DYBERRY TOWNSHIP -- A farm in Wayne County is harvesting from more than the earth. Now, it's using the sun's rays to power its growing operation.
Step inside the coolers at Anthill Farm near Honesdale and you can feel the cost of keeping produce cool.
Sky Ballentine and his wife Monique have spent a decade making the land and the farming tools they use as sustainable as possible, and now Anthill Farm has gone solar.
"Essentially, what we came up with is a way to immediately save us money while producing clean, renewable energy," Sky Ballantine said.
This week, crews finished installing solar panels on the barn's roof, enough to power everything under this roof, as well as two homes on the property.
A federal grant and the Clean Energy Co-op paid the bill for the panels and the farm pays back the loan over 15 years.
"Sky's always been paying more for renewable energy. At that price point, the loan payments are less than his payments on the electricity bill," said Jack Barnett, Clean Energy Co-op.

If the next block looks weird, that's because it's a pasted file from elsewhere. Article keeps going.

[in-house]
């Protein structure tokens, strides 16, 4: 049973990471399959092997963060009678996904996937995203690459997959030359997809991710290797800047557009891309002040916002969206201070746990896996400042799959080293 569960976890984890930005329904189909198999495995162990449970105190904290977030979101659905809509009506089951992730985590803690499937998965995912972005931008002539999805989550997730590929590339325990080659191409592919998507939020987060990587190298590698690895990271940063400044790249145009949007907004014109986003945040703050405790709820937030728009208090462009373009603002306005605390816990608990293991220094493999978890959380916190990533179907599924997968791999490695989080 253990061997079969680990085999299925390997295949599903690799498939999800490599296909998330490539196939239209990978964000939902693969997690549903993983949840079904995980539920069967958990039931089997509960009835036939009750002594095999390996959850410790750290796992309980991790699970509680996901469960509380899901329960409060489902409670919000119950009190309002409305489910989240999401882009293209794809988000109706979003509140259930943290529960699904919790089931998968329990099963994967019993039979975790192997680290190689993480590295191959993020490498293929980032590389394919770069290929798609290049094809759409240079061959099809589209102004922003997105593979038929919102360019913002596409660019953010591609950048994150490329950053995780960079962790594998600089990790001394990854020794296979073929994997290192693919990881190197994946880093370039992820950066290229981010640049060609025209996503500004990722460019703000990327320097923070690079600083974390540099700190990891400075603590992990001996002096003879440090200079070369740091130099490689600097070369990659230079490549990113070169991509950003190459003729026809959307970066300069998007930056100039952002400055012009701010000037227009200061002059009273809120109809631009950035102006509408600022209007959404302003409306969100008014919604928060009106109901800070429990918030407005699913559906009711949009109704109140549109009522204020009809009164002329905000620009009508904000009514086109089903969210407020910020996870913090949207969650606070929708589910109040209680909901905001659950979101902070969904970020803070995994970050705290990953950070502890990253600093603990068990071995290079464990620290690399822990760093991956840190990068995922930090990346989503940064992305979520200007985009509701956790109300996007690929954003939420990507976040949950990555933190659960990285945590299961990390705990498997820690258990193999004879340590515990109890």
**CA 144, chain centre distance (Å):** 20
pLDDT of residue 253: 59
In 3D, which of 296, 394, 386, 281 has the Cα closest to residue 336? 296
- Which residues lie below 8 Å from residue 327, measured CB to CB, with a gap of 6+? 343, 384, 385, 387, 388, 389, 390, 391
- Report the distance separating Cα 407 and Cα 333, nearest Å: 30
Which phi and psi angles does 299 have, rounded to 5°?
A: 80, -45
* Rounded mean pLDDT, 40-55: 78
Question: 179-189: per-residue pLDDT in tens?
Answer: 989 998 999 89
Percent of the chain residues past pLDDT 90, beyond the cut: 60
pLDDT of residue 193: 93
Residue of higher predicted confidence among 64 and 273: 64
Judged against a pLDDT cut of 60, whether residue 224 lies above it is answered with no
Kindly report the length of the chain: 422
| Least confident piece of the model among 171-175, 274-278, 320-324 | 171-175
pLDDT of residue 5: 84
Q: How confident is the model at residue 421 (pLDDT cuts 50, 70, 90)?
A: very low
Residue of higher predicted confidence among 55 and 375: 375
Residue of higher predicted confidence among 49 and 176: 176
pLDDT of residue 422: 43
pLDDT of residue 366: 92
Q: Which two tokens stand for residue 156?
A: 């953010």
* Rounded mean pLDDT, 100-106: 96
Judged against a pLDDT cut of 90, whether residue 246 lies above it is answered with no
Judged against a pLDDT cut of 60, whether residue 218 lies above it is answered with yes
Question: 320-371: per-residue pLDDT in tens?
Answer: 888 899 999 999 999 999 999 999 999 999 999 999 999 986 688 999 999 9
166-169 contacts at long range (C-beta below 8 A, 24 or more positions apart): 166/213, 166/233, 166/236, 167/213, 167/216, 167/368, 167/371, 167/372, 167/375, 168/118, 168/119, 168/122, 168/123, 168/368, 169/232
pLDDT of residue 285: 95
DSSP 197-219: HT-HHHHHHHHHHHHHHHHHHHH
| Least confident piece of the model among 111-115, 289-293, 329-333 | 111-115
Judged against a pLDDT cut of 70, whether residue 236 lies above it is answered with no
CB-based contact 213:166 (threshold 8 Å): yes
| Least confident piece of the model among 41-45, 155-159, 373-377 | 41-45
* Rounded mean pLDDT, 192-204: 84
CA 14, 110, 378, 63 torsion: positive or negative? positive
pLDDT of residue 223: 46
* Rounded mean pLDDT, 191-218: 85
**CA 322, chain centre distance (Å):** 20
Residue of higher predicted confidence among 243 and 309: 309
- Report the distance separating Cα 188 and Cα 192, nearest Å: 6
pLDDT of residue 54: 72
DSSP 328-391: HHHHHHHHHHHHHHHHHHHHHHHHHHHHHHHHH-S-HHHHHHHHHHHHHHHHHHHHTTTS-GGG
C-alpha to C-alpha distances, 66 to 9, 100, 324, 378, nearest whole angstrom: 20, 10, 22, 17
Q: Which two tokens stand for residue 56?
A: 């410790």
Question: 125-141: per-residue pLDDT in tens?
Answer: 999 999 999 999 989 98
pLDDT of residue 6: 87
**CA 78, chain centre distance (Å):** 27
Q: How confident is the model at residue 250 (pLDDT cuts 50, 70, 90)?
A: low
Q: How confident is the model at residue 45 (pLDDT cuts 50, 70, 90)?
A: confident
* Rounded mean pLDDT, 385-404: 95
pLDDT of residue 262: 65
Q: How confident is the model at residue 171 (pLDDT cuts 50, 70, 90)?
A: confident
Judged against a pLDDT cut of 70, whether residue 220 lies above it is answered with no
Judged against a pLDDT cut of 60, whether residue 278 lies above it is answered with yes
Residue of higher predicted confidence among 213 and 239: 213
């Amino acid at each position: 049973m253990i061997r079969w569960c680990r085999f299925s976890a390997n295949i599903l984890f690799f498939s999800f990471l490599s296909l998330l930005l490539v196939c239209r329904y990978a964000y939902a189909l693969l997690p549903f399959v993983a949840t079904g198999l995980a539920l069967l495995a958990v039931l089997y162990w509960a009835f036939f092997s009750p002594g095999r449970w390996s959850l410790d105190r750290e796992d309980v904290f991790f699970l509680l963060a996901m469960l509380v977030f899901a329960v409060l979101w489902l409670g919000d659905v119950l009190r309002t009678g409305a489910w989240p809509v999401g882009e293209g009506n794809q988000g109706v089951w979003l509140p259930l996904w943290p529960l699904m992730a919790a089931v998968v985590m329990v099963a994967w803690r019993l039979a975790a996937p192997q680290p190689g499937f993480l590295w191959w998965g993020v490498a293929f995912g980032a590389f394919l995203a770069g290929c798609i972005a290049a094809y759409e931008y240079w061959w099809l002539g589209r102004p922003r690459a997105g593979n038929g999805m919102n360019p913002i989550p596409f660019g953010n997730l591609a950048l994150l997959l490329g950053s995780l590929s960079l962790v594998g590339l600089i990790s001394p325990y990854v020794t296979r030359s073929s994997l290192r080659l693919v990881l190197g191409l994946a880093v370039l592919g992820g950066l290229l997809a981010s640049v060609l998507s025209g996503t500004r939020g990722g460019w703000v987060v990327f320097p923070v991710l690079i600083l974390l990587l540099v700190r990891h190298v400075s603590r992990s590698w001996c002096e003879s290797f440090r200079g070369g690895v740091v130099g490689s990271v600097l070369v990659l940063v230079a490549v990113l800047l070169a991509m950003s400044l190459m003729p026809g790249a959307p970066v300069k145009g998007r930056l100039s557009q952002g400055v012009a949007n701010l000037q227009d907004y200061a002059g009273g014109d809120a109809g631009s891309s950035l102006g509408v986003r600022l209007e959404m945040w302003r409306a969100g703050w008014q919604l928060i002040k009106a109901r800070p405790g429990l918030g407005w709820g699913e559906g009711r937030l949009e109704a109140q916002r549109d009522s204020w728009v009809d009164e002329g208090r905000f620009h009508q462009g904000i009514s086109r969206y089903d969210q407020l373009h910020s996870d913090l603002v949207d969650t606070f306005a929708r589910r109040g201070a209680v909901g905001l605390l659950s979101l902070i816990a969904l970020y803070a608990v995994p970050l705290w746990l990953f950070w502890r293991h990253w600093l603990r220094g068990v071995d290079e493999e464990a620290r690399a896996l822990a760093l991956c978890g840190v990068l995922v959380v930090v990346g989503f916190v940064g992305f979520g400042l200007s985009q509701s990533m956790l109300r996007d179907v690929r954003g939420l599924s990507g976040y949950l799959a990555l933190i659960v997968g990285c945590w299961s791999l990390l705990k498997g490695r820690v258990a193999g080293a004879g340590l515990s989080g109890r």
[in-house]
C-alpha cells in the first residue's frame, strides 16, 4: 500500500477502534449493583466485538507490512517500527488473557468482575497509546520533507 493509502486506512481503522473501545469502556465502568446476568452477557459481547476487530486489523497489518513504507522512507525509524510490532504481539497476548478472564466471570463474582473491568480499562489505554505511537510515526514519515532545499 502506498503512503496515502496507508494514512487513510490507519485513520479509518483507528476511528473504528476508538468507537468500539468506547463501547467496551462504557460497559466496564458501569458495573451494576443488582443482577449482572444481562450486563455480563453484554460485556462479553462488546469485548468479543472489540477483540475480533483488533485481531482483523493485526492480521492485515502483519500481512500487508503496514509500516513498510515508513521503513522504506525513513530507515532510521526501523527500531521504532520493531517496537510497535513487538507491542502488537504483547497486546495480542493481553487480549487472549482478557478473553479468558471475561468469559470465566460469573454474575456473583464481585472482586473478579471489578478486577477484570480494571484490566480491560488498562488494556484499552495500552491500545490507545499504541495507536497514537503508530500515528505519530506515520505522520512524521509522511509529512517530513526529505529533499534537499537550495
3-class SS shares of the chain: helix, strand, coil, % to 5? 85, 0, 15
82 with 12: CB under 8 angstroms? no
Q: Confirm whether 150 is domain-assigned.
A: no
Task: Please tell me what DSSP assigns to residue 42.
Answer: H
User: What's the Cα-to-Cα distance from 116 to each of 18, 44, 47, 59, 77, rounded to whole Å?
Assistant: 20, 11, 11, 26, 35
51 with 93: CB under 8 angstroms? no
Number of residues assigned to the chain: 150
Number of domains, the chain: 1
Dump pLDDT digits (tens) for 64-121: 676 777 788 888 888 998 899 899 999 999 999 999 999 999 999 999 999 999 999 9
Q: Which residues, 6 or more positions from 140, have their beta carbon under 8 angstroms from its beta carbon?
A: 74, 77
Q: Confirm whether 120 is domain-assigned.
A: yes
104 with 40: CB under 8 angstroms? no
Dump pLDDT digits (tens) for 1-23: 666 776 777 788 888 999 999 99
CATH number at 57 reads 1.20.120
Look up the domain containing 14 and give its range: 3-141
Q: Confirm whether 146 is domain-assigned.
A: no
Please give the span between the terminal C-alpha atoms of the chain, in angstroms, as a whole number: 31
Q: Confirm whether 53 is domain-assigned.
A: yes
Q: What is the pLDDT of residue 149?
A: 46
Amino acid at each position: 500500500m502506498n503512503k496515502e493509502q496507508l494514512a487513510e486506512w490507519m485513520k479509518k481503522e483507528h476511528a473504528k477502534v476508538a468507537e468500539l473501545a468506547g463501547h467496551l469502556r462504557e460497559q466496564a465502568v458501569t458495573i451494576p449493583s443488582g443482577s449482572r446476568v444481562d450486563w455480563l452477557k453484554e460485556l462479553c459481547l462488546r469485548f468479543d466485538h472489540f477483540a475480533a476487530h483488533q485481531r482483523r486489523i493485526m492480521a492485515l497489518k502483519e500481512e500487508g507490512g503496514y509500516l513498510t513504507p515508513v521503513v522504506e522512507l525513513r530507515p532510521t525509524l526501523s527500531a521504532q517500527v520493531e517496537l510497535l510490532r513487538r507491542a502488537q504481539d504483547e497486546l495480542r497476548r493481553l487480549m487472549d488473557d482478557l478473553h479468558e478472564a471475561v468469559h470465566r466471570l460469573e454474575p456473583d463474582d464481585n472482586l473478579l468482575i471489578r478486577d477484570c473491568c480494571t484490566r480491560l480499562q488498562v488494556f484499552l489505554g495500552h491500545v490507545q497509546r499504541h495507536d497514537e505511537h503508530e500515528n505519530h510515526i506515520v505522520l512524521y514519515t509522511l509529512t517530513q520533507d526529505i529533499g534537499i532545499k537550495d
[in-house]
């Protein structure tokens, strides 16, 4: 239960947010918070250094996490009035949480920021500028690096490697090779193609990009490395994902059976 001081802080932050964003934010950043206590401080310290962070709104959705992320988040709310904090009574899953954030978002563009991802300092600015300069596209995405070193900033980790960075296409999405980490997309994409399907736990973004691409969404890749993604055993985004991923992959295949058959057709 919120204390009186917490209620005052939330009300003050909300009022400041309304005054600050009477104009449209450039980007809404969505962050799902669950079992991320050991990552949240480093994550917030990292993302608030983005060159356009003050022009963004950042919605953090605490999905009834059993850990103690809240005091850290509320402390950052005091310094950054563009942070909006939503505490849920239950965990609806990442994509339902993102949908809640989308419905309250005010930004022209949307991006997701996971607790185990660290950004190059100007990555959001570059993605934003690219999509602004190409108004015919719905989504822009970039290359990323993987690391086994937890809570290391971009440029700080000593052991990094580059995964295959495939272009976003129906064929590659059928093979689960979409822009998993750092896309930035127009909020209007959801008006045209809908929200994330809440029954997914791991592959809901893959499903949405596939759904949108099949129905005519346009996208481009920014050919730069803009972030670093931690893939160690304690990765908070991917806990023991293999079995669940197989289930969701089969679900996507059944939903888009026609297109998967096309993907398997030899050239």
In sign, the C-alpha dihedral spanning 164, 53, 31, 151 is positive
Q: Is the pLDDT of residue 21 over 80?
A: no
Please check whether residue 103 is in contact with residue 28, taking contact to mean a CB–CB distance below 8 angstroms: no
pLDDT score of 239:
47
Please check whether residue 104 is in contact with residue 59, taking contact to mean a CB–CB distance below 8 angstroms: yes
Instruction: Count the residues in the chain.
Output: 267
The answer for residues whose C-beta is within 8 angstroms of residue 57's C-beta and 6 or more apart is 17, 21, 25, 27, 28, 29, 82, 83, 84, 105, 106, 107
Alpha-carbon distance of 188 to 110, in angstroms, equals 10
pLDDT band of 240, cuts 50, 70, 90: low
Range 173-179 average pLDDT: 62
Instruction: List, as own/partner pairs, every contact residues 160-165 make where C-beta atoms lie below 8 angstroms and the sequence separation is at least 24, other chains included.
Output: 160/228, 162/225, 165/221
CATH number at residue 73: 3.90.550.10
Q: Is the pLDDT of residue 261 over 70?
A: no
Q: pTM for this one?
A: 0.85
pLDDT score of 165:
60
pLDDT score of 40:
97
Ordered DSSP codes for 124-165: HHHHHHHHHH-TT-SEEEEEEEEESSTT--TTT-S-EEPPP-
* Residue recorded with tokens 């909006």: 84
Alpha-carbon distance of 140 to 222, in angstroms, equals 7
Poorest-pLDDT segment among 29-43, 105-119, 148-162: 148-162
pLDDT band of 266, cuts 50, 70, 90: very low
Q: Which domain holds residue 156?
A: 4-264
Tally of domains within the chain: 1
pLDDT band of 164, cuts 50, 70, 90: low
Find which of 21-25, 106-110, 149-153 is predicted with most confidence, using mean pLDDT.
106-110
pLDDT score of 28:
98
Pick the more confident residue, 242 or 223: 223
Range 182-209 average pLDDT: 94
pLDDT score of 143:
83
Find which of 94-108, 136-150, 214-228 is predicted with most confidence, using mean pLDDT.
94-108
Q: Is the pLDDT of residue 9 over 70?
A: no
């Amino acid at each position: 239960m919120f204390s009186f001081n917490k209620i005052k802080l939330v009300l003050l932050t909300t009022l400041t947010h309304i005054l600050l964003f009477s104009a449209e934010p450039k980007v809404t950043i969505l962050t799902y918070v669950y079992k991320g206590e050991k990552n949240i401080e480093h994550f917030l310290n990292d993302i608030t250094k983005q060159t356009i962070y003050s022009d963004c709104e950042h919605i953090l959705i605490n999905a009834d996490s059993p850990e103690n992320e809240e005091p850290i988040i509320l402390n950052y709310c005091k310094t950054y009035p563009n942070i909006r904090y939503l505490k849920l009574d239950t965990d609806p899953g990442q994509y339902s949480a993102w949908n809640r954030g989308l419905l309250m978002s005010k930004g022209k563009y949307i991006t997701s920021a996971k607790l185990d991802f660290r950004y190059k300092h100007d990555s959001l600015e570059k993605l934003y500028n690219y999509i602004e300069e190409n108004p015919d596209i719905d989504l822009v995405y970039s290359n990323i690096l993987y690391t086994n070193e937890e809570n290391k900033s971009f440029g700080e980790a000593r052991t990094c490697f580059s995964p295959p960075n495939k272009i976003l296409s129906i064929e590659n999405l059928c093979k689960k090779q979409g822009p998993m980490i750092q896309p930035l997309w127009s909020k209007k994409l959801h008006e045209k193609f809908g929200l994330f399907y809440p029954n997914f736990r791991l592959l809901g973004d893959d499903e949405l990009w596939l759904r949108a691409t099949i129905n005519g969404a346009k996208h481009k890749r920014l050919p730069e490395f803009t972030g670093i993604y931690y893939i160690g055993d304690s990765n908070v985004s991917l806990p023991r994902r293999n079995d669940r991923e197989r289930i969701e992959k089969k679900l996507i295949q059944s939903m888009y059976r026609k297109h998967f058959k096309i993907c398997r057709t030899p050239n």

For years, this farm in Wayne County has relied solely on power from the power grid. Now that solar is on the roof of the barn, any excess power will go back on the grid and be used by neighbors.
"If any improvements need to be made to the barn or add additional freezers or another walk-in to grow the business, we'd be able to do that comfortably because we've built in 125 percent of our needs with the solar system," explained Monique Milleson, Anthill Farm.
The panels should last 25 years meaning after 15 years, Anthill Farm should be getting free power from the sun, saving big money and putting that back into the farm.
"It is important what our planet and climate is going to look like in the future," Ballentine said.